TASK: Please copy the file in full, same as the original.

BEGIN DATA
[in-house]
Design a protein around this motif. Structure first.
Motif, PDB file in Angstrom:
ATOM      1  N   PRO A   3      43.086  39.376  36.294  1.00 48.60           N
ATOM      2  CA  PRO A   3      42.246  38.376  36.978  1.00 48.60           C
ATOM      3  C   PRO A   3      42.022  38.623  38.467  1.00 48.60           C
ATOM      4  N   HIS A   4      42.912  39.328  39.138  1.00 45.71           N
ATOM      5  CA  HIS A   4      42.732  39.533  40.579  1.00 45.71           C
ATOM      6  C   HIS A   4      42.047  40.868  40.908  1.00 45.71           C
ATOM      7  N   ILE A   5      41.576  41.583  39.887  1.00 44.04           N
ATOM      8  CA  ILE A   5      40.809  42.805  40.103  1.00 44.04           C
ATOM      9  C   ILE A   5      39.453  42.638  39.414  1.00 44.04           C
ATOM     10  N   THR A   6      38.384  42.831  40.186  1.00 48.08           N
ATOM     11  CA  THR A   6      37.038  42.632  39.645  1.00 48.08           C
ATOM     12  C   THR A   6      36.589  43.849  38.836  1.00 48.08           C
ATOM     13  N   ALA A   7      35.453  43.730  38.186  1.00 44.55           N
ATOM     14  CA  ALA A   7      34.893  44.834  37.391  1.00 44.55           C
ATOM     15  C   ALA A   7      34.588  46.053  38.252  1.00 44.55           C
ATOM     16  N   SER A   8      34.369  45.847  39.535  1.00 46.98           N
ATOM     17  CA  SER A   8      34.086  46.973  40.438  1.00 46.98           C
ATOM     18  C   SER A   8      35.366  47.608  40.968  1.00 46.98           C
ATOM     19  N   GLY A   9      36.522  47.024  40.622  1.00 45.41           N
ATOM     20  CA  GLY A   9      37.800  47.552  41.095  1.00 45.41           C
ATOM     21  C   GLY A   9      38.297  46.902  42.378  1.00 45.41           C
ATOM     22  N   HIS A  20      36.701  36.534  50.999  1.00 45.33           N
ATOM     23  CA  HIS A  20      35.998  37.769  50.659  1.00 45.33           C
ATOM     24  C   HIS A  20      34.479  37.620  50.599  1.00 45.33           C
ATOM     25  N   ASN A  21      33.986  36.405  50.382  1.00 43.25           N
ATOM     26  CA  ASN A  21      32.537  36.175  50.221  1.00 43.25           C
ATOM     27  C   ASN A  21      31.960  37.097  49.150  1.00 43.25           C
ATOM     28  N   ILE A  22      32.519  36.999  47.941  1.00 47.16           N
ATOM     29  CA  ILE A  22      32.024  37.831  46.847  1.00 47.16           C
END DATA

[in-house]
Design a protein around this motif. Structure first.
Motif, PDB file in Angstrom:
ATOM      1  N   PRO A   3      43.086  39.376  36.294  1.00 48.60           N
ATOM      2  CA  PRO A   3      42.246  38.376  36.978  1.00 48.60           C
ATOM      3  C   PRO A   3      42.022  38.623  38.467  1.00 48.60           C
ATOM      4  N   HIS A   4      42.912  39.328  39.138  1.00 45.71           N
ATOM      5  CA  HIS A   4      42.732  39.533  40.579  1.00 45.71           C
ATOM      6  C   HIS A   4      42.047  40.868  40.908  1.00 45.71           C
ATOM      7  N   ILE A   5      41.576  41.583  39.887  1.00 44.04           N
ATOM      8  CA  ILE A   5      40.809  42.805  40.103  1.00 44.04           C
ATOM      9  C   ILE A   5      39.453  42.638  39.414  1.00 44.04           C
ATOM     10  N   THR A   6      38.384  42.831  40.186  1.00 48.08           N
ATOM     11  CA  THR A   6      37.038  42.632  39.645  1.00 48.08           C
ATOM     12  C   THR A   6      36.589  43.849  38.836  1.00 48.08           C
ATOM     13  N   ALA A   7      35.453  43.730  38.186  1.00 44.55           N
ATOM     14  CA  ALA A   7      34.893  44.834  37.391  1.00 44.55           C
ATOM     15  C   ALA A   7      34.588  46.053  38.252  1.00 44.55           C
ATOM     16  N   SER A   8      34.369  45.847  39.535  1.00 46.98           N
ATOM     17  CA  SER A   8      34.086  46.973  40.438  1.00 46.98           C
ATOM     18  C   SER A   8      35.366  47.608  40.968  1.00 46.98           C
ATOM     19  N   GLY A   9      36.522  47.024  40.622  1.00 45.41           N
ATOM     20  CA  GLY A   9      37.800  47.552  41.095  1.00 45.41           C
ATOM     21  C   GLY A   9      38.297  46.902  42.378  1.00 45.41           C
ATOM     22  N   HIS A  20      36.701  36.534  50.999  1.00 45.33           N
ATOM     23  CA  HIS A  20      35.998  37.769  50.659  1.00 45.33           C
ATOM     24  C   HIS A  20      34.479  37.620  50.599  1.00 45.33           C
ATOM     25  N   ASN A  21      33.986  36.405  50.382  1.00 43.25           N
ATOM     26  CA  ASN A  21      32.537  36.175  50.221  1.00 43.25           C
ATOM     27  C   ASN A  21      31.960  37.097  49.150  1.00 43.25           C
ATOM     28  N   ILE A  22      32.519  36.999  47.941  1.00 47.16           N
ATOM     29  CA  ILE A  22      32.024  37.831  46.847  1.00 47.16           C